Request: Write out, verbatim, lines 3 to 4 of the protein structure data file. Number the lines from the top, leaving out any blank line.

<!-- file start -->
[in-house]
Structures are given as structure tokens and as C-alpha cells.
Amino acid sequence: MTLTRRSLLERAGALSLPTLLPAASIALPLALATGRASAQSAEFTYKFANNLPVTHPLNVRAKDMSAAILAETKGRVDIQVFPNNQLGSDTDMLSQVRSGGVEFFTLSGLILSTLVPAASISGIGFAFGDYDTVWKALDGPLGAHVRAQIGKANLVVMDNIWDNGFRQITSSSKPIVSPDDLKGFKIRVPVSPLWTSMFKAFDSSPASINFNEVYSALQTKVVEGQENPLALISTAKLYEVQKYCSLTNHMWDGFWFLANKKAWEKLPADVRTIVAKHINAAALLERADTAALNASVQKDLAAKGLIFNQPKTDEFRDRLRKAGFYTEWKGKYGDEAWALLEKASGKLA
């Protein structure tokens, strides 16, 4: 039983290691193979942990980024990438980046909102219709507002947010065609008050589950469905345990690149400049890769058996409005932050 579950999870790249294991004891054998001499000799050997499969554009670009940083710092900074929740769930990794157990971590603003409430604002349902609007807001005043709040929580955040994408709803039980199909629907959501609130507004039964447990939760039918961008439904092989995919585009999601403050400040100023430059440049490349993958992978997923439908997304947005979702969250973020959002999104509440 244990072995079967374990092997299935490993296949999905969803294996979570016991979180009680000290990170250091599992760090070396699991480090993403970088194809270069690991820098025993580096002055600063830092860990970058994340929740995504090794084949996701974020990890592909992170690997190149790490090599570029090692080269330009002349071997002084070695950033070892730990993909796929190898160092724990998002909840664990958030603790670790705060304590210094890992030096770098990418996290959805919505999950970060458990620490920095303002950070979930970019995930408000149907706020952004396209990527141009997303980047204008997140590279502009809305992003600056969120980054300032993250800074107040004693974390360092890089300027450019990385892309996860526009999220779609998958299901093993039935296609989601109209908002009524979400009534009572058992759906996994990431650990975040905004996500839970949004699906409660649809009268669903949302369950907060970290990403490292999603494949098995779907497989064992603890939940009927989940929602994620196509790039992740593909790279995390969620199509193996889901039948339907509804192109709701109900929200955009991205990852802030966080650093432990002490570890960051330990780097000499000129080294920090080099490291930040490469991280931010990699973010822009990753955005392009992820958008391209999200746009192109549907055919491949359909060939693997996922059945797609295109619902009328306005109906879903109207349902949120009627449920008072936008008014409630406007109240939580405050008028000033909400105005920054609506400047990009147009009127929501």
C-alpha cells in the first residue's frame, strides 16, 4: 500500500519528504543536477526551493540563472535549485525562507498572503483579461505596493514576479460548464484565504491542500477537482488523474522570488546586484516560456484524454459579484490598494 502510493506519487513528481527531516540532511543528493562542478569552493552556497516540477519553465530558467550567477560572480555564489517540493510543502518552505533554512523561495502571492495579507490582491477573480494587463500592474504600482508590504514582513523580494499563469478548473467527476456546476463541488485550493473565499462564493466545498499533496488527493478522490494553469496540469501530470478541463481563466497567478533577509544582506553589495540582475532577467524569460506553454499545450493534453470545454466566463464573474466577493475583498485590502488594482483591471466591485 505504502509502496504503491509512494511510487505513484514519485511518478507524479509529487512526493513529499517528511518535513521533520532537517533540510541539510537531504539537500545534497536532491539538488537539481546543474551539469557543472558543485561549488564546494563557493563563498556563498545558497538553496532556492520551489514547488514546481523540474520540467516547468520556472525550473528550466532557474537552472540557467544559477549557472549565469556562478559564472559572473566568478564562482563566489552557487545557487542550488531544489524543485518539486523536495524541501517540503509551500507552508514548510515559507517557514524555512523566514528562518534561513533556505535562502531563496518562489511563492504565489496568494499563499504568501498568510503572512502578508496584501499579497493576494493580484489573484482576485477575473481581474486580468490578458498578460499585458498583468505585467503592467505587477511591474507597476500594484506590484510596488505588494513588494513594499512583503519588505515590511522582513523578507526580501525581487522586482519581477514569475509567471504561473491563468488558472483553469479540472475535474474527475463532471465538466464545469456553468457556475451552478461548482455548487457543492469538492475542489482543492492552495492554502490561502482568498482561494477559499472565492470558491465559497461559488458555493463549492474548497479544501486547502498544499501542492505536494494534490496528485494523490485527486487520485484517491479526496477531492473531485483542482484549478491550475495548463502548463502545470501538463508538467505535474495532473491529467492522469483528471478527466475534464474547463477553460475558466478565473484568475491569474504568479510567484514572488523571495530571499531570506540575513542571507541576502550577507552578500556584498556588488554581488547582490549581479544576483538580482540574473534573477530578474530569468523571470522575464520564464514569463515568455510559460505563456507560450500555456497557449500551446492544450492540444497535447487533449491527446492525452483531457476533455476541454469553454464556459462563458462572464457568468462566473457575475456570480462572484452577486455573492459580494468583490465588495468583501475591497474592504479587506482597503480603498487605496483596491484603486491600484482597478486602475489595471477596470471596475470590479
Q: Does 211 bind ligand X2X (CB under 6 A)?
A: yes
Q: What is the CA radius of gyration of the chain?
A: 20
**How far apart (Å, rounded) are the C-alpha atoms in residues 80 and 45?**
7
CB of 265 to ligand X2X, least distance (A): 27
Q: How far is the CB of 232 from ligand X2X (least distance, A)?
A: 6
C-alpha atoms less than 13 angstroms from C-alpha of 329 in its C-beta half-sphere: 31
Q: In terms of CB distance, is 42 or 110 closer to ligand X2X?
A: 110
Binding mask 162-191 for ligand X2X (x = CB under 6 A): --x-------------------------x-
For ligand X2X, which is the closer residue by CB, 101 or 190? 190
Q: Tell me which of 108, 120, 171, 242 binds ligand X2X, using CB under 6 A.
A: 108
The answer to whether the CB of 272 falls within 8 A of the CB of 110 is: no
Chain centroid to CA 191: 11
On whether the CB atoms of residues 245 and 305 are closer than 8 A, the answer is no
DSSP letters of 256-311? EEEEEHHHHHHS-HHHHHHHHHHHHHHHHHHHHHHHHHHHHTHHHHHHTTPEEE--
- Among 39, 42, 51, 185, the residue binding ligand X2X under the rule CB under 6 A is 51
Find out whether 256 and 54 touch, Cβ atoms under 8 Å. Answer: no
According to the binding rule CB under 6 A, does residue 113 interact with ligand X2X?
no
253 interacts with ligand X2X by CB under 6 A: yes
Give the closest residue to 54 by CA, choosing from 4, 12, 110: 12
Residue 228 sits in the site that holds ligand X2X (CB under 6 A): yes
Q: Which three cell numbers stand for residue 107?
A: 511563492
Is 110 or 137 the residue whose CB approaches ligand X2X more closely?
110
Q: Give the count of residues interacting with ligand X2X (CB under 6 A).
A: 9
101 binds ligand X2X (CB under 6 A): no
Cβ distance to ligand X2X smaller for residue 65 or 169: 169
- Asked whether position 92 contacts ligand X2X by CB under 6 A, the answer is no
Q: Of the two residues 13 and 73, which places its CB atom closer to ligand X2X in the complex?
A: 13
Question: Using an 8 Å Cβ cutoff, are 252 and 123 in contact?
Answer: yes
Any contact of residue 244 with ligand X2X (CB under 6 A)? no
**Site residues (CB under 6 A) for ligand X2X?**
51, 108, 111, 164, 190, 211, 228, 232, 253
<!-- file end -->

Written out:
Amino acid sequence: MTLTRRSLLERAGALSLPTLLPAASIALPLALATGRASAQSAEFTYKFANNLPVTHPLNVRAKDMSAAILAETKGRVDIQVFPNNQLGSDTDMLSQVRSGGVEFFTLSGLILSTLVPAASISGIGFAFGDYDTVWKALDGPLGAHVRAQIGKANLVVMDNIWDNGFRQITSSSKPIVSPDDLKGFKIRVPVSPLWTSMFKAFDSSPASINFNEVYSALQTKVVEGQENPLALISTAKLYEVQKYCSLTNHMWDGFWFLANKKAWEKLPADVRTIVAKHINAAALLERADTAALNASVQKDLAAKGLIFNQPKTDEFRDRLRKAGFYTEWKGKYGDEAWALLEKASGKLA
């Protein structure tokens, strides 16, 4: 039983290691193979942990980024990438980046909102219709507002947010065609008050589950469905345990690149400049890769058996409005932050 579950999870790249294991004891054998001499000799050997499969554009670009940083710092900074929740769930990794157990971590603003409430604002349902609007807001005043709040929580955040994408709803039980199909629907959501609130507004039964447990939760039918961008439904092989995919585009999601403050400040100023430059440049490349993958992978997923439908997304947005979702969250973020959002999104509440 244990072995079967374990092997299935490993296949999905969803294996979570016991979180009680000290990170250091599992760090070396699991480090993403970088194809270069690991820098025993580096002055600063830092860990970058994340929740995504090794084949996701974020990890592909992170690997190149790490090599570029090692080269330009002349071997002084070695950033070892730990993909796929190898160092724990998002909840664990958030603790670790705060304590210094890992030096770098990418996290959805919505999950970060458990620490920095303002950070979930970019995930408000149907706020952004396209990527141009997303980047204008997140590279502009809305992003600056969120980054300032993250800074107040004693974390360092890089300027450019990385892309996860526009999220779609998958299901093993039935296609989601109209908002009524979400009534009572058992759906996994990431650990975040905004996500839970949004699906409660649809009268669903949302369950907060970290990403490292999603494949098995779907497989064992603890939940009927989940929602994620196509790039992740593909790279995390969620199509193996889901039948339907509804192109709701109900929200955009991205990852802030966080650093432990002490570890960051330990780097000499000129080294920090080099490291930040490469991280931010990699973010822009990753955005392009992820958008391209999200746009192109549907055919491949359909060939693997996922059945797609295109619902009328306005109906879903109207349902949120009627449920008072936008008014409630406007109240939580405050008028000033909400105005920054609506400047990009147009009127929501």